The Oakland Raiders haven't had a lot of success with first-round picks in recent years, and if recent reports are to be believed, a franchise that badly needs to hit with their high picks as they try to rebuild is preparing to shoot themselves in the foot once again.
Chris Mortensen of ESPN reported (via Pro Football Talk's Mike Florio) on Wednesday that there are rumors that the Raiders are interested in selecting West Virginia quarterback Geno Smith with the third overall pick in April's NFL draft.
That pick would follow a rather depressing precedent that the Raiders have set with their first-round picks of late.
That is, reaching only to regret it later.
Of the Raiders last five first-round picks, only two (Darren McFadden in 2008 and Michael Huff in 2006) can be considered even marginally good. Even then, McFadden has been plagued by injuries and Huff hasn't played up to his draft spot.
Wide receiver Darrius Heyward-Bey (2009) has shown some flashes, but hasn't come close to justifying a top-10 pick. Linebacker Rolando McClain (2010) and quarterback JaMarcus Russell (2007) were nothing short of absolute busts.
Mind you, this isn't necessarily a knock on Smith the player.
The 6'3" 220-pound senior had a very productive 2012 season in Morgantown, completing over 70 percent of his passes, throwing for nearly 4,200 yards and tossing 42 touchdown passes against only six interceptions.
Smith was also impressive at the 2013 NFL Scouting Combine. As Tony Pauline recently reported for USA Today, Smith threw the ball well in Indianapolis, and his 4.59-second 40-yard dash time was tops among signal-callers.
However, as pointed out by Don Banks of Sports Illustrated before the combine, none of this year's quarterback crop is wowing scouts like Robert Griffin or Andrew Luck did a year ago.
[Mike] Mayock of the NFL Network doesn't have a first-round grade on any quarterback prospect this year. Ditto for ESPN draft analyst Todd McShay, whose top six quarterbacks carry second-round grades, and who doesn't consider any of the draft's best seven passers to be candidates to run the read-option in the NFL.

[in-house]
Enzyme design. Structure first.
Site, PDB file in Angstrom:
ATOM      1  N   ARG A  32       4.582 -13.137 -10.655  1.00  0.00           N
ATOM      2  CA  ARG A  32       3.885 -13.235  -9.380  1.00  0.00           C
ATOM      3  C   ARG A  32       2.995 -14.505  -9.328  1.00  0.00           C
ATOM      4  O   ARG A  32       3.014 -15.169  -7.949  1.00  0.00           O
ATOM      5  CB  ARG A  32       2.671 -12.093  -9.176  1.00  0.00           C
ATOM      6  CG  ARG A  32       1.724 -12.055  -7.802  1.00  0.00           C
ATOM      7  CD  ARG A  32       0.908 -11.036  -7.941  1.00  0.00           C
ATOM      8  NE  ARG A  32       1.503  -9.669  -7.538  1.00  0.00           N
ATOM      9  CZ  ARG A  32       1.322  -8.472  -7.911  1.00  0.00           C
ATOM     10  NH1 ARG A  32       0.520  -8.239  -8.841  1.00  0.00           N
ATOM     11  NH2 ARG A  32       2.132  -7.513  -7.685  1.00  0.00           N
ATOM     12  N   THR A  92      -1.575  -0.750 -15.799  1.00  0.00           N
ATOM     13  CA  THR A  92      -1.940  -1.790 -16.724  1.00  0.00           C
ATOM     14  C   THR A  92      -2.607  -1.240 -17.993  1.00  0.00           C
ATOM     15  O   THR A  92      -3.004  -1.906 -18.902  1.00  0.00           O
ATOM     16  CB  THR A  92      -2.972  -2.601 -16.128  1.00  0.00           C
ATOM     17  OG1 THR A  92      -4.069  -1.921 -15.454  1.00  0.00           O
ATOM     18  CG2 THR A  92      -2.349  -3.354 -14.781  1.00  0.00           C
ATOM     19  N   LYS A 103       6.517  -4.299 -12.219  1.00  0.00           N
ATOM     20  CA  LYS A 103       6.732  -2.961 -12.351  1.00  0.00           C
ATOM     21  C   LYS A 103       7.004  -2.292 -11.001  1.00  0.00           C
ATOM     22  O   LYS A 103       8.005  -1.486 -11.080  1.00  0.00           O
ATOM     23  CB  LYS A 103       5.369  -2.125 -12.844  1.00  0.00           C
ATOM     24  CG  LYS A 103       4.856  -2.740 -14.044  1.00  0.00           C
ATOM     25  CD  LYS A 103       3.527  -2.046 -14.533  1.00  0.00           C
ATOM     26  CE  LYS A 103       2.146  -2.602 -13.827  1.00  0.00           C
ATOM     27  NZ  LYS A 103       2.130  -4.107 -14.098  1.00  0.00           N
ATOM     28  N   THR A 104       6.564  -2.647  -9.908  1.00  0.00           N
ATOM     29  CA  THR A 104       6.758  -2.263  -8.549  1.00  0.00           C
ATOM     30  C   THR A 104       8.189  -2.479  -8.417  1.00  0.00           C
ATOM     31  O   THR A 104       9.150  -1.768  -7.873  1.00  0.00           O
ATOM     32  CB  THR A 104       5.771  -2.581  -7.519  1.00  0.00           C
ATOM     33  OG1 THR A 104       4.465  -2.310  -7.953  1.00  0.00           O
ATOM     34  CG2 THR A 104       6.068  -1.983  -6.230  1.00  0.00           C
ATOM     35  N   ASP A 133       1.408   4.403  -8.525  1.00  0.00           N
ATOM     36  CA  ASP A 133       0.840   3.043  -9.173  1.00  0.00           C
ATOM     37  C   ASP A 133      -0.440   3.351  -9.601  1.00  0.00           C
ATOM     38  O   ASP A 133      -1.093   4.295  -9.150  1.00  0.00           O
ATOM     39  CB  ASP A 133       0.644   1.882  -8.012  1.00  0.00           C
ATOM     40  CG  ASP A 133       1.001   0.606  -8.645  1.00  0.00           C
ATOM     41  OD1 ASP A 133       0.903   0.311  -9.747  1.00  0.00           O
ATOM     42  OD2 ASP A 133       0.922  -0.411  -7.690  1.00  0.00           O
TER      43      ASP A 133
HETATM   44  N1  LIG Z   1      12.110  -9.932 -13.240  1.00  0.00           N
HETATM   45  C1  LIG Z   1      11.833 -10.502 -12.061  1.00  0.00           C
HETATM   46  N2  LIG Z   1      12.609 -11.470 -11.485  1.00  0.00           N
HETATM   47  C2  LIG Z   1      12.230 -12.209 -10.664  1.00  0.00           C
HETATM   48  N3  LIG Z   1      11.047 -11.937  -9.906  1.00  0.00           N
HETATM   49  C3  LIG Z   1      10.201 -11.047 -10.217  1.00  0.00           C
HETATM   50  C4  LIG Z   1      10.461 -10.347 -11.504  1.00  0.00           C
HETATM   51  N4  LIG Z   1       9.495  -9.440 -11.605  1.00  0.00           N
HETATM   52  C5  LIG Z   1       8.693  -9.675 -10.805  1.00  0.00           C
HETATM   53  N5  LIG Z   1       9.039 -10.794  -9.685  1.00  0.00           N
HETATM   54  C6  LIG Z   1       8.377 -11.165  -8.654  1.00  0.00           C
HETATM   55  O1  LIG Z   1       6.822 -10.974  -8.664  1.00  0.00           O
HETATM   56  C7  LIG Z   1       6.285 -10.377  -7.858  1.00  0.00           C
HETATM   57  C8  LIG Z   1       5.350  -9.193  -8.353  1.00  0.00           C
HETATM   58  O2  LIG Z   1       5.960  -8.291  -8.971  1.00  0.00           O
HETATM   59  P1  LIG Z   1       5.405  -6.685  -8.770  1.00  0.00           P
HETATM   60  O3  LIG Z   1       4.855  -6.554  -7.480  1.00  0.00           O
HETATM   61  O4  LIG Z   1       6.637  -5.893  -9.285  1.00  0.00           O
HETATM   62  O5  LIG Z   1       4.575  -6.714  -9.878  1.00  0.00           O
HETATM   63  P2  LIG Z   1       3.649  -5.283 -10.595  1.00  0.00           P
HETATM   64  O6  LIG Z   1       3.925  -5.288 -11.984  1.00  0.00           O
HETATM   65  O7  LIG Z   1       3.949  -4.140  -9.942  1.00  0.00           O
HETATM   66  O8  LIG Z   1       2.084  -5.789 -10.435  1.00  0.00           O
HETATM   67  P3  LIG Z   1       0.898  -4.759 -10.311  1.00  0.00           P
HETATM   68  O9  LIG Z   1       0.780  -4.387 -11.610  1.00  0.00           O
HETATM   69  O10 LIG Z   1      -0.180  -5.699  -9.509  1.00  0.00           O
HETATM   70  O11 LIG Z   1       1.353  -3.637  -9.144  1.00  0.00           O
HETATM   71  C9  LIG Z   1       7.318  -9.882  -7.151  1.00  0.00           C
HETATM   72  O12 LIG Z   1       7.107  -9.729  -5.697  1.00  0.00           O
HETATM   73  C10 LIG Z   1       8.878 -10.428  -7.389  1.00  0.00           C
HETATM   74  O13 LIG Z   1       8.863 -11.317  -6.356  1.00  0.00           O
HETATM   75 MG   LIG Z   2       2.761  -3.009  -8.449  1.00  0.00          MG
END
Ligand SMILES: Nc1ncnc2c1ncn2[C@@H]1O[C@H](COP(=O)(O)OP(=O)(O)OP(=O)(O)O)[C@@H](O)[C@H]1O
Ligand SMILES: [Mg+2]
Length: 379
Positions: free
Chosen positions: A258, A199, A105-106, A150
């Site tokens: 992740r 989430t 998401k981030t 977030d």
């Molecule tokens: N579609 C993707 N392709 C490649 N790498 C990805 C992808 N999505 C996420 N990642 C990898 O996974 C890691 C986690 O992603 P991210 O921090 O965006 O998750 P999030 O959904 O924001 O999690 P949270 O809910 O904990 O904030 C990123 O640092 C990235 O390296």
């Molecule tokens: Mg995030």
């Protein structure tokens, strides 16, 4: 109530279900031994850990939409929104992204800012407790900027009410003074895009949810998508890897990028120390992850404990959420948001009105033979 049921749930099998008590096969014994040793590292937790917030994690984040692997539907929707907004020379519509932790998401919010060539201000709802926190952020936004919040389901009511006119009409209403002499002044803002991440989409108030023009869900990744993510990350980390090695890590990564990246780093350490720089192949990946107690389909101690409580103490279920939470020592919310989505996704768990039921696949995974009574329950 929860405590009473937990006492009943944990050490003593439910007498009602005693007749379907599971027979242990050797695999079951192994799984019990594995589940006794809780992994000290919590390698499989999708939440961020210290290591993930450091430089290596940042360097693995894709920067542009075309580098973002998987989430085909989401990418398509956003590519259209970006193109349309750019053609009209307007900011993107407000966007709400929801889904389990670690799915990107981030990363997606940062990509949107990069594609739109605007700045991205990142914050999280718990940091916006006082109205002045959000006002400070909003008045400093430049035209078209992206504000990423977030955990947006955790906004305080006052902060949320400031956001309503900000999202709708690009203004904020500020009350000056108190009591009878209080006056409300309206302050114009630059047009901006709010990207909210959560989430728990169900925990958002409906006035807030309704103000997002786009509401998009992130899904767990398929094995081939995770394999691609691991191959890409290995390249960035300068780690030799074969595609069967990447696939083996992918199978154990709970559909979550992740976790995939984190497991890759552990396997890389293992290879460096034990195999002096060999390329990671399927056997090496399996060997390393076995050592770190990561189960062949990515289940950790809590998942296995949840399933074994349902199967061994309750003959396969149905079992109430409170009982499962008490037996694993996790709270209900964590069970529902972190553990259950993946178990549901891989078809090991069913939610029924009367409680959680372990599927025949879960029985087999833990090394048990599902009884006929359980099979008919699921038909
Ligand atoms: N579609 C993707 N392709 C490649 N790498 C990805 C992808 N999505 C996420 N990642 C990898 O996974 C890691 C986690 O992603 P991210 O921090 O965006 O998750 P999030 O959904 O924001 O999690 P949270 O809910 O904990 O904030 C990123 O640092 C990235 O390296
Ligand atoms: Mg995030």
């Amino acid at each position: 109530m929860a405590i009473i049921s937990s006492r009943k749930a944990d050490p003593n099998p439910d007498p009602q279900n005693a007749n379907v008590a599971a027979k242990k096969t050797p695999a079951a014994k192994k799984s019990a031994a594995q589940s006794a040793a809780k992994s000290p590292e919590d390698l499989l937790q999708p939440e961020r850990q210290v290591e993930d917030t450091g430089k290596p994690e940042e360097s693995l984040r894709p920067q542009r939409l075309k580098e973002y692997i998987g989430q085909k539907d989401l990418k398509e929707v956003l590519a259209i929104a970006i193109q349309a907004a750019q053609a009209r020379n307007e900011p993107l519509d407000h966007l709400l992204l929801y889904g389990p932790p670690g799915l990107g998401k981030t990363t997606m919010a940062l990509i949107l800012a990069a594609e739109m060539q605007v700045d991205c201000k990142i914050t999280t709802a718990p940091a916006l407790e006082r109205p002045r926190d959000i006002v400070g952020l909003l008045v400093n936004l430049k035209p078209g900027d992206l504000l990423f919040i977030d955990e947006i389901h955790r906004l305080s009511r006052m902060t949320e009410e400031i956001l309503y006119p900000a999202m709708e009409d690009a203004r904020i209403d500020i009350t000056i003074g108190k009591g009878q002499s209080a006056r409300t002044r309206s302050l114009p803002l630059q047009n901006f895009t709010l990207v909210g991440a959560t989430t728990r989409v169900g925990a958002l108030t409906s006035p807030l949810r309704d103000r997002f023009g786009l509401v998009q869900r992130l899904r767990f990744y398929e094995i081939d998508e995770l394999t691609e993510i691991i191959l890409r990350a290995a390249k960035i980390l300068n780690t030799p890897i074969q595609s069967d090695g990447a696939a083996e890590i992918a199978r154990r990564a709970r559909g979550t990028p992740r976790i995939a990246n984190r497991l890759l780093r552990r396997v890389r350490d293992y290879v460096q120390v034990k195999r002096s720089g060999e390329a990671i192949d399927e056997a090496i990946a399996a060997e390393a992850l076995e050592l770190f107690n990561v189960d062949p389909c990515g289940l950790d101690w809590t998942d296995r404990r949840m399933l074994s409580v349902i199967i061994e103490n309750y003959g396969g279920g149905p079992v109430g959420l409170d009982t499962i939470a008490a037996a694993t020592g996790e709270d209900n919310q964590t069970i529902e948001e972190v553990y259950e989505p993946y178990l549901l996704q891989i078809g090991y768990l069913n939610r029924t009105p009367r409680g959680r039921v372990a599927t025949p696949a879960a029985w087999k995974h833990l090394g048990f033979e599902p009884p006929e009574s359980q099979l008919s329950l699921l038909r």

Granted, some scouts may have Smith as a first-round prospect, but you'll be hard-pressed to find one that grades him as a top-five overall pick.
Does Smith have the tools to be a successful NFL quarterback? Yes. He has the size and athleticism that NFL teams covet, and while his arm isn't a howitzer it isn't a popgun either.
With that said though, Smith is also far from a slam dunk as an NFL prospect. His footwork and mechanics could use some work, and after running the Mountaineers' offense mostly from the shotgun Smith may experience some growing pains working from under center.
That makes Smith exactly the sort of reach that the Raiders can't afford right now, especially given how little they have to surround him with and how Smith responded to adversity at West Virginia (not well).
The Oakland Raiders are a team with multiple needs on both sides of the ball and precious little cap space with which to address them as they try to dig out from under years of poor personnel decisions.
The offensive line, defensive line and secondary are all areas that the Raiders need to address. Each of those positions offers the Raiders choices in the draft that carry with them less risk than Smith, whether it be Central Michigan tackle Eric Fisher, Florida defensive tackle Sharrif Floyd or Alabama cornerback Dee Milliner.
This isn't to say that quarterback isn't also an area of need for the silver and black. Carson Palmer is well on the wrong side of 30 and due an untenable $13 million salary in 2013. Terrelle Pryor apparently hasn't inspired a lot of faith inside the organization that he's the man for the job; otherwise, we wouldn't be having this little discussion.
Still, the third overall pick isn't the place to address that need, at least this year. Picks born of desperation are picks that blow up in team's faces.
The Raiders' lack of a second-round pick this year (as a result of the trade that brought Palmer to Oakland) aggravates the situation, but the team can't let that force their hand.
The Raiders could try to trade down this year and draft a signal-caller, such as USC's Matt Barkley, a bit later in the first round. Florio even speculated that this feigned interest could be a ploy to get a quarterback-needy team to move up if they desire Smith.
If that's the case then great, as the Raiders could certainly use the extra picks such a deal would bring.
However, if the Raiders are forced to make a pick at third overall, Smith shouldn't be the guy they take.
Get a player such as Tennessee's Tyler Bray or Arizona's Matt Scott later in the draft if you're absolutely set on selecting a passer in 2013. Then convince Palmer to restructure his deal or cut him loose and find out exactly what you have in Pryor.
It's not like the Raiders are going to be competing for a playoff spot in 2013, and next year's class of passers features Heisman trophy winner Johnny Manziel and Teddy Bridgewater of Louisville, both of whom are more highly-regarded NFL prospects than any quarterback in this year's crop.
This year's first pick can then be used to take the best player available while also filling one of Oakland's numerous other needs.
When Reggie McKenzie took over as the general manager in Oakland, he said that the Raiders were going to do things differently. So far he's been a man of his word, trimming the fat from the Raiders' roster.
The third overall pick of the 2013 NFL Draft would be the worst possible time for the Raiders to revert to old habits by reaching for Geno Smith.
More likely than not, all that will get the Raiders is the same thing reaching has gotten them over the past several years.
A fat bag of nothing.